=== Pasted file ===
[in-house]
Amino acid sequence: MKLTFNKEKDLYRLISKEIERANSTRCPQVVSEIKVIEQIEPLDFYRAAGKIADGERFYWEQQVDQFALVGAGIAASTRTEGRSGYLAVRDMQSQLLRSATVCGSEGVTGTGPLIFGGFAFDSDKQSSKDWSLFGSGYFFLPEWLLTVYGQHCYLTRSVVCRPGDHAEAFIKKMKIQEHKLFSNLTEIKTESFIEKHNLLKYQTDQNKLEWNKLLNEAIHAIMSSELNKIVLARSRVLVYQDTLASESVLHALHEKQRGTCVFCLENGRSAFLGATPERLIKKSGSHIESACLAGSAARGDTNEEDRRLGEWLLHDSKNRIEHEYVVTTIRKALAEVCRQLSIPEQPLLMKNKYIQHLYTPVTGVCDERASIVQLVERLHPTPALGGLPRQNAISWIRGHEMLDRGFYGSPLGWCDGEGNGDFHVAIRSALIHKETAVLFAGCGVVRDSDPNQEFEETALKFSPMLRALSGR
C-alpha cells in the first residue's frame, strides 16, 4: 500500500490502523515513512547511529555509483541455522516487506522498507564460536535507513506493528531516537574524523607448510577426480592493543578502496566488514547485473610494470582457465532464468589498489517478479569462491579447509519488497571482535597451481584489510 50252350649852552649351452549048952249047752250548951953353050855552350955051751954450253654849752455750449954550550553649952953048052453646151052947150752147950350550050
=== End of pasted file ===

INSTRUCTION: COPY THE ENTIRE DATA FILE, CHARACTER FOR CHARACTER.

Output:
[in-house]
Amino acid sequence: MKLTFNKEKDLYRLISKEIERANSTRCPQVVSEIKVIEQIEPLDFYRAAGKIADGERFYWEQQVDQFALVGAGIAASTRTEGRSGYLAVRDMQSQLLRSATVCGSEGVTGTGPLIFGGFAFDSDKQSSKDWSLFGSGYFFLPEWLLTVYGQHCYLTRSVVCRPGDHAEAFIKKMKIQEHKLFSNLTEIKTESFIEKHNLLKYQTDQNKLEWNKLLNEAIHAIMSSELNKIVLARSRVLVYQDTLASESVLHALHEKQRGTCVFCLENGRSAFLGATPERLIKKSGSHIESACLAGSAARGDTNEEDRRLGEWLLHDSKNRIEHEYVVTTIRKALAEVCRQLSIPEQPLLMKNKYIQHLYTPVTGVCDERASIVQLVERLHPTPALGGLPRQNAISWIRGHEMLDRGFYGSPLGWCDGEGNGDFHVAIRSALIHKETAVLFAGCGVVRDSDPNQEFEETALKFSPMLRALSGR
C-alpha cells in the first residue's frame, strides 16, 4: 500500500490502523515513512547511529555509483541455522516487506522498507564460536535507513506493528531516537574524523607448510577426480592493543578502496566488514547485473610494470582457465532464468589498489517478479569462491579447509519488497571482535597451481584489510 50252350649852552649351452549048952249047752250548951953353050855552350955051751954450253654849752455750449954550550553649952953048052453646151052947150752147950350550050